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INSTANT MESSAGE

Should You 'Friend' Your Kid?

Absolutely, say BJ Fogg and Linda Phillips. Here's why.

Glenn Matsumura

FAMILY TIES: Phillips and Fogg say Facebook brings parents and kids closer.

BJ Fogg wants parents on Facebook so badly he’s teaching Facebook for Parents, an unofficial, not-for-credit course on campus. Fogg, MA ’95, PhD ’97, one of Fortune’s “10 New Gurus You Should Know,” runs Stanford’s Persuasive Technology Lab. He has taught Stanford classes such as Psychology of Facebook and is the co-author of Mobile Persuasion: 20 Perspectives on the Future of Behavior Change. Fogg and his sister, Linda Phillips, a mom of eight, helped 70 parents this spring to think about social networking as an opportunity to connect with their children. Summer Moore Batte, ’99, asked Fogg and Phillips for their Facebook advice for fogeys.

Just do it.

“Our kids are natives in the online world,” says Phillips. “We are foreigners.” Parents need to become comfortable with social networking tools (i.e., join Facebook) and use them to better communicate with their children. “Facebook is the No. 1 tool in our lifetimes for parenting,” Phillips adds, because it enables parents to ask about specifics. Fogg explains: Facebook allows you to say, in person, “Oh, I saw you’re a fan of so-and-so musician,” or ask about a certain friend.

Your moody teen might be more willing to write than talk.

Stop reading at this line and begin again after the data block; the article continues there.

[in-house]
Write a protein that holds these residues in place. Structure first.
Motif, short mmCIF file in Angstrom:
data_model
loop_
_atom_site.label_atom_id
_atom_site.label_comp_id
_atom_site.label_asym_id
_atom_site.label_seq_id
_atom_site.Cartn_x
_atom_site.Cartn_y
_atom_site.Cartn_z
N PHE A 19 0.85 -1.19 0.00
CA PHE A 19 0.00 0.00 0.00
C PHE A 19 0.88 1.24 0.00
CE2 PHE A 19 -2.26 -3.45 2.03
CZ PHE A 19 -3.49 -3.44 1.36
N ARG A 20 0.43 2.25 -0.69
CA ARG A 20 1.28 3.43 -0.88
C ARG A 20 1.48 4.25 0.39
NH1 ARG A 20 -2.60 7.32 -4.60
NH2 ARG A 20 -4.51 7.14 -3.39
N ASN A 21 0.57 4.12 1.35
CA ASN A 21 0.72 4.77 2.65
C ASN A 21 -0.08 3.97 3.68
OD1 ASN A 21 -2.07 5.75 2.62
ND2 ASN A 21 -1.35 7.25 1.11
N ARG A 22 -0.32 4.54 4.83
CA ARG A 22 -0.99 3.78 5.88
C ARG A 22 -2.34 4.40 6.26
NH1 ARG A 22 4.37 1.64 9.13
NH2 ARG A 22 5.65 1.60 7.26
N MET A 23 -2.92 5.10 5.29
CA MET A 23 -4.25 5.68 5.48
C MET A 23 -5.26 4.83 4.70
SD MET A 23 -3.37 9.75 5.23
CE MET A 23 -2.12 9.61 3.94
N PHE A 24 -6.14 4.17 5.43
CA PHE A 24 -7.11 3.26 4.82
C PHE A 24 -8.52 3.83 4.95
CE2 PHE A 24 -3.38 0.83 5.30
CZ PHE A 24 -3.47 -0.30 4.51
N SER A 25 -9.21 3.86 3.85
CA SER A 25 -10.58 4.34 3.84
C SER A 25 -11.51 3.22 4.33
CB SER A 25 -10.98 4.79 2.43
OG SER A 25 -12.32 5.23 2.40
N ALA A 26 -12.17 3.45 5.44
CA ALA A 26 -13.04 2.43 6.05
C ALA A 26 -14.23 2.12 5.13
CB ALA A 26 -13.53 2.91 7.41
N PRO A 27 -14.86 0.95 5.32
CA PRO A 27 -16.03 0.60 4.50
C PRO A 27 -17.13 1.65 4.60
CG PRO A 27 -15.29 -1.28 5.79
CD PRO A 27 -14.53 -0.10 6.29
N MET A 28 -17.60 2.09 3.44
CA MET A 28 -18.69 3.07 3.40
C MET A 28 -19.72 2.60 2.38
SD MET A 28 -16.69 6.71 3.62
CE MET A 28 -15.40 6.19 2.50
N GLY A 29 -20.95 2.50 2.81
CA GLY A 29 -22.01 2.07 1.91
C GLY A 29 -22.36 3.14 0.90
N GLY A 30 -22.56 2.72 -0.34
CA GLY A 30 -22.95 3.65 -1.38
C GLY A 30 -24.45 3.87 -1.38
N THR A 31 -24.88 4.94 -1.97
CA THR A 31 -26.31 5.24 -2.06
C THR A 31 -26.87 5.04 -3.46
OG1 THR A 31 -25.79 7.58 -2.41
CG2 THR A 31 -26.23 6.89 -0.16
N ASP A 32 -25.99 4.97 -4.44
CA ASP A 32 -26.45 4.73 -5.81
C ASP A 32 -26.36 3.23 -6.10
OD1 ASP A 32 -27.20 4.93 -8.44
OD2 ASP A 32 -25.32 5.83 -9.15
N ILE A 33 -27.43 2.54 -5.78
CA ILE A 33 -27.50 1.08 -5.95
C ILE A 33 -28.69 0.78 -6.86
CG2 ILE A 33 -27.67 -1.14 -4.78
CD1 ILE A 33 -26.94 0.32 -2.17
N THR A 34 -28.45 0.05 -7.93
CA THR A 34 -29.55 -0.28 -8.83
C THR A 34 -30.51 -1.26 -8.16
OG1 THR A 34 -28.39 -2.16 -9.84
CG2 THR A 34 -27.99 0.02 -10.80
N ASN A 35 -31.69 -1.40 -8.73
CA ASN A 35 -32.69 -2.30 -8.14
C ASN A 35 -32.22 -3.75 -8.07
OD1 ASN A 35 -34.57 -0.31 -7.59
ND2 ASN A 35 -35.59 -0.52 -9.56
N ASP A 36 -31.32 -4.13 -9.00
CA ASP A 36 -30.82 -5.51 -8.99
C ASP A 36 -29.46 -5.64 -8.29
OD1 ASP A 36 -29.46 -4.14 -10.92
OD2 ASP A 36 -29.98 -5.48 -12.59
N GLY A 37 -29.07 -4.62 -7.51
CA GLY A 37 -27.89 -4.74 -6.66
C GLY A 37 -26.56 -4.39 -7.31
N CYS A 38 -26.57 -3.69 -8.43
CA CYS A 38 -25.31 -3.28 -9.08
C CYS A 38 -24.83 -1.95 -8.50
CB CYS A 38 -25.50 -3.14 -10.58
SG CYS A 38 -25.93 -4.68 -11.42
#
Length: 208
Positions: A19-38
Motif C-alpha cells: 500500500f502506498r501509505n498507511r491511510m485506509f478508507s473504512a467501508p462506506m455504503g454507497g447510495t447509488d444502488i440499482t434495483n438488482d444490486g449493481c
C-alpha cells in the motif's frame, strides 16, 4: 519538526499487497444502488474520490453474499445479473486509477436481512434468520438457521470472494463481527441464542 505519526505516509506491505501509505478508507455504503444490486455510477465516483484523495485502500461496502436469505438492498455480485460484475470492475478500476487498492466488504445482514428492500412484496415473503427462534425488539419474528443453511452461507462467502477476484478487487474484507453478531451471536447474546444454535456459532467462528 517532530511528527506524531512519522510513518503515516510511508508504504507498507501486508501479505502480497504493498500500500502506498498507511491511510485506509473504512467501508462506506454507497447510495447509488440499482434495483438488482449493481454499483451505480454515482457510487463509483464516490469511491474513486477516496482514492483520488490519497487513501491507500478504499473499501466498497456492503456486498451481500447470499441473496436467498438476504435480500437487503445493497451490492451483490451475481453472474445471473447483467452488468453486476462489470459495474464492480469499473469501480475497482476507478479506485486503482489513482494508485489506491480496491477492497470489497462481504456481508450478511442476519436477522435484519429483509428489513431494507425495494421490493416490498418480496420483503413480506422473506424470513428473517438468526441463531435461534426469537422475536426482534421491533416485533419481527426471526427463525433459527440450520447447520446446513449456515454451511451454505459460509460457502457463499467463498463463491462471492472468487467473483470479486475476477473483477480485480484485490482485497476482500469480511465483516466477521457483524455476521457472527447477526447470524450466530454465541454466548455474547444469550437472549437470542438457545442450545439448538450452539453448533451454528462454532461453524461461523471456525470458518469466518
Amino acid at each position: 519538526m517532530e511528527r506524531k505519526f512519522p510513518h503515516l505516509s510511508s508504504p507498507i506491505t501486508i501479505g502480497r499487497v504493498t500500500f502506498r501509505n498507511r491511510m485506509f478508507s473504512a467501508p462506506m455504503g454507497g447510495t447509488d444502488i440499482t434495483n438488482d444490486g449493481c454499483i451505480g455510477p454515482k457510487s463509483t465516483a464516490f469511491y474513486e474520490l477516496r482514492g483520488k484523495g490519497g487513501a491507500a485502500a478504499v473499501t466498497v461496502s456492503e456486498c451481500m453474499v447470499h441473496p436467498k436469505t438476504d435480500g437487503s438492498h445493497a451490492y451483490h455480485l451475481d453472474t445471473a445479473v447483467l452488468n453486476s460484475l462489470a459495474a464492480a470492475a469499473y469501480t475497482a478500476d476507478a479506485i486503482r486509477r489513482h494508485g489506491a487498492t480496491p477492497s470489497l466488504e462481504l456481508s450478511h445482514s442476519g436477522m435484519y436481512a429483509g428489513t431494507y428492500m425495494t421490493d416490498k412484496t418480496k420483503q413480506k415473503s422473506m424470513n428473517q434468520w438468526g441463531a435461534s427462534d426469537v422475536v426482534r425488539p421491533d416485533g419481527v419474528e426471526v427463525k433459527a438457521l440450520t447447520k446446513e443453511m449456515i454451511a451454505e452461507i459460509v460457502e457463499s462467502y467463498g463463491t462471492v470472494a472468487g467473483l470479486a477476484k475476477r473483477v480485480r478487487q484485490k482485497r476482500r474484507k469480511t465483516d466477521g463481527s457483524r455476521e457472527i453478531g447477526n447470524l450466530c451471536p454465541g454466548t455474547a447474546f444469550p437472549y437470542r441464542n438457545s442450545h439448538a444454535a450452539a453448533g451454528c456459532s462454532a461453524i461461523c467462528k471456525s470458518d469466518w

“Facebook has a culture of disclosure,” Fogg says. “[Teens] have private conversations on a wall. They’ll [even] ask people out.” Phillips says research shows teenagers are still learning to be comfortable and successful when communicating orally, but they can write like there’s no tomorrow. Writing skills plus a less threatening environment mean you may find out more about your child’s life on Facebook, and in subsequent talks, than you would without Facebook as a conversation starter.

No posting your own college spring break photos.

The No. 1 fear of teens is that their parents will embarrass them, Fogg says. It’s imperative to “friend” your child and discuss their comfort level with you being active on their page. Then, be smart about things for Jr.’s sake and your own: don’t upload photos that would make a loved one feel awkward; don’t “friend” your child’s friends without consulting your kid; and educate yourself so that you know the social-network culture and jargon.

Keep that front yard tidy.

Fogg says to think of your teen’s Facebook page not as her private bedroom, but as your front lawn. Anyone can walk by and see what’s going on; it could be recorded and what happens there can impact your family. Extend your family values to the Internet. Teach your kids to be socially responsible and to interact appropriately with their peers—just as you would in any other situation.

Facebook, educational?

Fogg and Phillips tick off 21st-century life skills kids can take from Facebook. Your child is taking on a service project? Encourage him to make a Facebook page for it. “Collaborating, getting feedback on homework, rallying through social networking: these are the skills they will use in work, volunteerism, et cetera,” Fogg says. “Parents should understand that and coach and support that . . . understand the possibilities.”

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